© 2005

Gender, Work and Education in Britain in the 1950s


Table of contents

  1. Front Matter
    Pages i-xii
  2. Stephanie Spencer
    Pages 1-21
  3. Stephanie Spencer
    Pages 22-48
  4. Stephanie Spencer
    Pages 49-78
  5. Stephanie Spencer
    Pages 79-103
  6. Stephanie Spencer
    Pages 104-128
  7. Stephanie Spencer
    Pages 129-157
  8. Stephanie Spencer
    Pages 158-185
  9. Stephanie Spencer
    Pages 186-199
  10. Back Matter
    Pages 200-253

About this book


Improvements in education and economic expansion in the 1950s ensured a range of school-leaving employment opportunities. Yet girls' full acceptance as adult women was still confirmed by marriage and motherhood rather than employment. This book examines the gendered nature of 'career'. Using both written sources and oral history it enters the theoretical debate over the significance of gender by considering the relationship between individual 'women' and the dominant representation of 'Woman'.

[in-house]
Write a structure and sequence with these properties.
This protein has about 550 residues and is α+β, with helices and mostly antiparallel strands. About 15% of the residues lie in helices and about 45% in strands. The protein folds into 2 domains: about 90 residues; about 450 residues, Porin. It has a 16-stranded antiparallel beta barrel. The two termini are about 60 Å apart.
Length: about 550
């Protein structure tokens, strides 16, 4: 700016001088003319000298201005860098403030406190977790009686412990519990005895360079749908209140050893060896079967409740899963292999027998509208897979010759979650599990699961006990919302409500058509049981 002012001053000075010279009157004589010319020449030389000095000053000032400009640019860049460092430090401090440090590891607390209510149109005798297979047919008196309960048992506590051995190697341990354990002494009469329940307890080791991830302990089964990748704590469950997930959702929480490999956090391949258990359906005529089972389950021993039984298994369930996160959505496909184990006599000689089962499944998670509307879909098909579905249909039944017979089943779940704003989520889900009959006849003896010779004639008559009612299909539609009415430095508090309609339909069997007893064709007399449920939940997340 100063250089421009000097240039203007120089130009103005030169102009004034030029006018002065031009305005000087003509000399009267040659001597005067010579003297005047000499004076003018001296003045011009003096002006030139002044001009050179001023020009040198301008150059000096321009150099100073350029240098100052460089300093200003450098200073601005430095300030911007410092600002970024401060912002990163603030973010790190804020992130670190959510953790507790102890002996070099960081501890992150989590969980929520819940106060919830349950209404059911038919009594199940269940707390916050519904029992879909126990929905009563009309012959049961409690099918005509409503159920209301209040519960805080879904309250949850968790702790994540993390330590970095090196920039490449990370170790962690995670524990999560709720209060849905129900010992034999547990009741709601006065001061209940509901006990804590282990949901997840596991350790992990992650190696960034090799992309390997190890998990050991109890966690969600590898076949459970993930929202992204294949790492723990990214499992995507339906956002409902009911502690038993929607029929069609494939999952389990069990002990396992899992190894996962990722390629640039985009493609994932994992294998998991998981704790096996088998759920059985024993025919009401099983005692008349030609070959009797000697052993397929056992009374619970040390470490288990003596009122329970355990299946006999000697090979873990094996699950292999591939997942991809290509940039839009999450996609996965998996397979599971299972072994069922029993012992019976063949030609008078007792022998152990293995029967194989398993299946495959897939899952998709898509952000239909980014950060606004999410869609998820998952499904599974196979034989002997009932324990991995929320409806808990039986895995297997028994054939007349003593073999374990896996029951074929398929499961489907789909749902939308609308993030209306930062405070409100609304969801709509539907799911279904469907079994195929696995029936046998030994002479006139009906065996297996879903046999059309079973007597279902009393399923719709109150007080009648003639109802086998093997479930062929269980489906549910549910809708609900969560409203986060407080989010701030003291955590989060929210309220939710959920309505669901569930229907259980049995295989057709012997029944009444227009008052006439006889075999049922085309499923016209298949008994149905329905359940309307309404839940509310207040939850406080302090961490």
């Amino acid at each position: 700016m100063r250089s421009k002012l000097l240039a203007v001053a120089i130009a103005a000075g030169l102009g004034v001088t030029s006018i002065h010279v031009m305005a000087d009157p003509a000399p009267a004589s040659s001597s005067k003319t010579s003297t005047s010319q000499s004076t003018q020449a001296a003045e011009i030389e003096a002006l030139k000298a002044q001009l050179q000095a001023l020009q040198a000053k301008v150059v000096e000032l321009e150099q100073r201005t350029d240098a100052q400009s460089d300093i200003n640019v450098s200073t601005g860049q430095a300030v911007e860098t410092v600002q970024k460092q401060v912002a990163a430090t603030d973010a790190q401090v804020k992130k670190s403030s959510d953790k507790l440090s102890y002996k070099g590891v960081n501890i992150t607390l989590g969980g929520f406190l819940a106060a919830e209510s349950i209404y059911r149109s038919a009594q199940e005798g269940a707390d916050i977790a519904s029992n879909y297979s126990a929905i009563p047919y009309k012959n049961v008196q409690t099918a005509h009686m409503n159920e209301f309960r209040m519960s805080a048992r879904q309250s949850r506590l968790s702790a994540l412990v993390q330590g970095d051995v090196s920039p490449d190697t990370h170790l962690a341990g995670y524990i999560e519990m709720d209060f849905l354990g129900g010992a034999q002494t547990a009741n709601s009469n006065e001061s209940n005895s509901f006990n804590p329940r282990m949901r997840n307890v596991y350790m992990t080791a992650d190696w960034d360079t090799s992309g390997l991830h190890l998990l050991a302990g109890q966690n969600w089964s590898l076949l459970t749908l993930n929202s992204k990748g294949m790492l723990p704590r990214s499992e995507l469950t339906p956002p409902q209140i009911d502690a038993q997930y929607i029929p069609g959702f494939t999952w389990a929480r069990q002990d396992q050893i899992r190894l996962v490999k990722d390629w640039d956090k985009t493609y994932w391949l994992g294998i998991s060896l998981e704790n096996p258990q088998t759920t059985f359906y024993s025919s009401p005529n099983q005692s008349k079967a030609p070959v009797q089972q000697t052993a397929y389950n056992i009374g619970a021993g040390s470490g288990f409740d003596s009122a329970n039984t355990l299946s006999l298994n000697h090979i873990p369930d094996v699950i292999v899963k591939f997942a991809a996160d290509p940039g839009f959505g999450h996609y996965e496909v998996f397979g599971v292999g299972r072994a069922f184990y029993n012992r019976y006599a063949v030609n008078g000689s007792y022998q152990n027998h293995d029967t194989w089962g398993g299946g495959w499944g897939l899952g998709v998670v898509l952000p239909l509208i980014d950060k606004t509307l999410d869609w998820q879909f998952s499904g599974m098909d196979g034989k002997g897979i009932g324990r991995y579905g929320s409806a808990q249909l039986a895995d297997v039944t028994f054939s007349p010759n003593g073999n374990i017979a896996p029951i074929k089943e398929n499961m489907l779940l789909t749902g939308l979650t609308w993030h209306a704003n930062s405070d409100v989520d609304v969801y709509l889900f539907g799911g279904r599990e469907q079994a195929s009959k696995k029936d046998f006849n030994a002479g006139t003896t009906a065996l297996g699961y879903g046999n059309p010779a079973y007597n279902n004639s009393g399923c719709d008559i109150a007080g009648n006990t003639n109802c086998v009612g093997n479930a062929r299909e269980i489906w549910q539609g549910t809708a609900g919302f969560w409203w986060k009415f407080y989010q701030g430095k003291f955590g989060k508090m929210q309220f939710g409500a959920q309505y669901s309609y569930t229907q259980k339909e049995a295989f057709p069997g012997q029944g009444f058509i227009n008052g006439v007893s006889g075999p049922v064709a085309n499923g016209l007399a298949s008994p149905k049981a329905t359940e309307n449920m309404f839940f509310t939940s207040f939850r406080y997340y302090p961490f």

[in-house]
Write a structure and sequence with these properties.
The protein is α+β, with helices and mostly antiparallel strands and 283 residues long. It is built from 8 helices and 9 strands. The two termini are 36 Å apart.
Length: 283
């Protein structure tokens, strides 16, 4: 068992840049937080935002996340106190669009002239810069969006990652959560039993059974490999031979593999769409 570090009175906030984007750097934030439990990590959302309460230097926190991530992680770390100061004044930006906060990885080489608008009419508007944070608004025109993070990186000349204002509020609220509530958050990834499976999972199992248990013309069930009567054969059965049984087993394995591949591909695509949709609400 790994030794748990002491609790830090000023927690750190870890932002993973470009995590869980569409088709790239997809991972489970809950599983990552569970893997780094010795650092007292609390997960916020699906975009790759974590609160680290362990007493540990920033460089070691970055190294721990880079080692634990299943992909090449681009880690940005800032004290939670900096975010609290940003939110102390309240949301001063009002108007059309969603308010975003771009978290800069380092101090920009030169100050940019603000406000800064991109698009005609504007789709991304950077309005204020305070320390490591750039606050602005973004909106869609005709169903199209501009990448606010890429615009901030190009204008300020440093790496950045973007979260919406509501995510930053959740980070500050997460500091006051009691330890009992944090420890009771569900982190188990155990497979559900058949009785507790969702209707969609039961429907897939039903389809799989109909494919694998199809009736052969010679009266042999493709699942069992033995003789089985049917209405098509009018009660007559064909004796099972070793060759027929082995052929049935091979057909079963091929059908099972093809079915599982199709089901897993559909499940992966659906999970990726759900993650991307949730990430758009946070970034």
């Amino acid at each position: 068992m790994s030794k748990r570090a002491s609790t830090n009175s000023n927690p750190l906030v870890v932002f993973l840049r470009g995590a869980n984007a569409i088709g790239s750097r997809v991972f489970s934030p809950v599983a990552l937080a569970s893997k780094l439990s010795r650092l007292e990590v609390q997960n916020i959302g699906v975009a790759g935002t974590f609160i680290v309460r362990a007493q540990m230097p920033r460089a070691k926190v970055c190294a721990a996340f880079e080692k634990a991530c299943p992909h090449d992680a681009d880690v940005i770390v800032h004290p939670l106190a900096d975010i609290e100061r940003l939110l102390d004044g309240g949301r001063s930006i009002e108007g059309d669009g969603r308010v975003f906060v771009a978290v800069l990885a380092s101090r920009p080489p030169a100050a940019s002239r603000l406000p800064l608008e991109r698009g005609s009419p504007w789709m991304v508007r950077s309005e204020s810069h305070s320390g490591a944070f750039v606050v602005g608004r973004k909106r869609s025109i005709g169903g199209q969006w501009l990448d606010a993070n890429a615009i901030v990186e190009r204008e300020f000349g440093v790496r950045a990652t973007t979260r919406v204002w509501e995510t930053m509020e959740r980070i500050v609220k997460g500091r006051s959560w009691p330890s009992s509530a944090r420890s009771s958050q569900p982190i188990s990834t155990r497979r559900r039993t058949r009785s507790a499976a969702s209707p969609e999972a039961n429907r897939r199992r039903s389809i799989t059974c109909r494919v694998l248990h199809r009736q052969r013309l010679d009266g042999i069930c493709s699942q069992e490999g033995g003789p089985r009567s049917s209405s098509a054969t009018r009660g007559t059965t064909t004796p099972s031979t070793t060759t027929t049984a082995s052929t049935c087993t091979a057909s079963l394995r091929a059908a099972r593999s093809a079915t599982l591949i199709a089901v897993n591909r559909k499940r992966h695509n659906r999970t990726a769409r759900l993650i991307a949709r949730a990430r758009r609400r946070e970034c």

acceptance marriage stress

Authors and affiliations

  1. 1.University College WinchesterUK

About the authors

STEPHANIE SPENCER is Lecturer in the School of Education, University College Winchester, UK. Like many women of her generation she has an eclectic career profile. During a ten year 'gap' between school and university she taught at the Cordon Bleu School in London and ran a vegetarian restaurant. Her first degree was from the Open University, after which she went into academia full time.

Bibliographic information


A timely intervention into the historiography of the post-war world...Full of rich and fascinating material. - Jane Martin, Gender and Education